A company with a well-known brand spent millions building an e-commerce site with all the technological bells and whistles. Legacy systems were integrated, e-business processes streamlined and customer support programs fine-tuned.
But by the time executives were ready to introduce the new sales channel, their depleted budget had few marketing and promotion dollars left.
“The company did nothing to communicate the value proposition of the online channel over the other channels,” Answerthink managing director William DuPont told the E-Commerce Times. “Ultimately, they wasted their money.”
Hide and Seek
Most people think of Web hosting and marketing outlays when theyconsider launching an e-commerce site, but a laundry list of additional costs are not apparent at first glance, experts said.
In addition to hard costs — such as merchant account fees, liability and fraud insurance fees, maintenance fees and transaction fees — there are also soft, or hidden, costs. Such costs can not only swell a budget, they can make or break an e-commerce business.
Perhaps the most important hidden costs are not technology-related. People costs — customer service and customer acquisition — and a lack of planning often send e-commerce budgets through the virtual roof.
Back to Basics
According to analysts, e-commerce business owners must get back to basics. That means customer support — but the costs of providing top-notch customer service are typically higher than startups anticipate.
“When you talk about customer support via e-mail and call centers, which are essential, the expectation from typical buyers now are rapid, well thought-out responses to any questions,” Answerthink director Paul Goggin told the E-Commerce Times. “If you fail to provide that, you can do irreparable damage to your customer relationships.”
Customer acquisition is an expensive task, too, according to Aberdeen Group research director Kent Allen.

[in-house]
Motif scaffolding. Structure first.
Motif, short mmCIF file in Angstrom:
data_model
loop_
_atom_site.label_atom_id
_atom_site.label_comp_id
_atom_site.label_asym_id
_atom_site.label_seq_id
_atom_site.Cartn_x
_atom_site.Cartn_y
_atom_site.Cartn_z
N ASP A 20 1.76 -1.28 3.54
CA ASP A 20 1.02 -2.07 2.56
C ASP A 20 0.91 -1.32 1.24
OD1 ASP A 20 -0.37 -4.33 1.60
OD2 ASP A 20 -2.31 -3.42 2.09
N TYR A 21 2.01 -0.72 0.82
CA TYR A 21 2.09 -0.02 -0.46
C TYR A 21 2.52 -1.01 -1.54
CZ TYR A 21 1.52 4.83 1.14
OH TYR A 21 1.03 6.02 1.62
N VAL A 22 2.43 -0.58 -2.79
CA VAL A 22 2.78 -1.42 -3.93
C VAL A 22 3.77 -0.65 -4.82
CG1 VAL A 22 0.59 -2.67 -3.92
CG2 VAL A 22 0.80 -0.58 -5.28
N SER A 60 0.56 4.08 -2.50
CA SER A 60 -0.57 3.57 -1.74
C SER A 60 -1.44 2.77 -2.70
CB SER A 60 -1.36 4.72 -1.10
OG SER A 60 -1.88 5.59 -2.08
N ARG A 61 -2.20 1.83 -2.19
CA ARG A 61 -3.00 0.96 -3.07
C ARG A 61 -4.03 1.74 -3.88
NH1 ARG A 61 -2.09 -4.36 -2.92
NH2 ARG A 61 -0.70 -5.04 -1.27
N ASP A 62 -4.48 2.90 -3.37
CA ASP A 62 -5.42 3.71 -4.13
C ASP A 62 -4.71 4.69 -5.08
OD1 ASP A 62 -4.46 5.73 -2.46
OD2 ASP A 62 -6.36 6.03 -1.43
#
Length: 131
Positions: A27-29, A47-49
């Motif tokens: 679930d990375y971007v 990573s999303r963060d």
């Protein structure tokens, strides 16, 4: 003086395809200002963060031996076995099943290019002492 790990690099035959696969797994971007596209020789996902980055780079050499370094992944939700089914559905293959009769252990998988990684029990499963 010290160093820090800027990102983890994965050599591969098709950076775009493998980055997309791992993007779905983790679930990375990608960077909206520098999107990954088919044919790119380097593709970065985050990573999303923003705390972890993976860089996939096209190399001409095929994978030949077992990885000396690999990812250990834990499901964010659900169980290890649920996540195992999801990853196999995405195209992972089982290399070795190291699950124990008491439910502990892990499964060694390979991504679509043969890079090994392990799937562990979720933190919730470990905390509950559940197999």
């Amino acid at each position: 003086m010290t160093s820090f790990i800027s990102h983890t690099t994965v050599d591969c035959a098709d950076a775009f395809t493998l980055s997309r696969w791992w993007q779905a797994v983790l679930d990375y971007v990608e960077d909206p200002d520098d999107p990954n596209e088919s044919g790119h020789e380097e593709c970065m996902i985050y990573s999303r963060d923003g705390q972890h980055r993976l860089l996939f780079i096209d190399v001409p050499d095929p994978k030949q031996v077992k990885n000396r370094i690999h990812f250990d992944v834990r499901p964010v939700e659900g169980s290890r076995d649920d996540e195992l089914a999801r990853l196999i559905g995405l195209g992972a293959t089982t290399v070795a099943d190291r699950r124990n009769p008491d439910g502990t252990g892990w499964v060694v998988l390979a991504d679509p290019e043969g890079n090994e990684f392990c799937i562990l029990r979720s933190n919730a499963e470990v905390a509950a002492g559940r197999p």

“Getting people to change the way they do things is a huge challenge,” Allen told the E-Commerce Times. “You can’t just write a letter announcing a new system. Many times you have to do a lot of hand-holding, talking about the benefits and showing them how the system works.”
Planning, Planning, Planning
Planning is paramount. For example, one company in the lighting fixtures business thought it was ready to launch its site but discovered problems in its business processes. The order system was ready, but the company lacked the capability to offer different prices to different distributors.
Three more months elapsed while the business figured out how to present varied pricing information over the Web.
While some prelaunch challenges can be addressed and corrected, an overall lack of planning can spell disaster for an online venture. Horror stories abound aboutupstart e-commerce players that failed to research and understand the purchasing habits of their target markets.
“Even if you create a great commerce offering and spend a lot of money marketing it, if the target audience is not open to it, then it’s really going to be an uphill battle,” DuPont said.
Talking, Talking, Talking
While you are planning, said Allen, keep talking. Talk to your customers, your employees, your technology vendors and those vendors’ customers. Asking a lot of questions in the beginning will help keep costs down later.
“If you jump into it without asking a lot of questions, it’s like jumping into a taxi without knowing where you are going,” Allen said. “You spend a lot more money doing that than thinking your trip through and getting there in the fastest way.”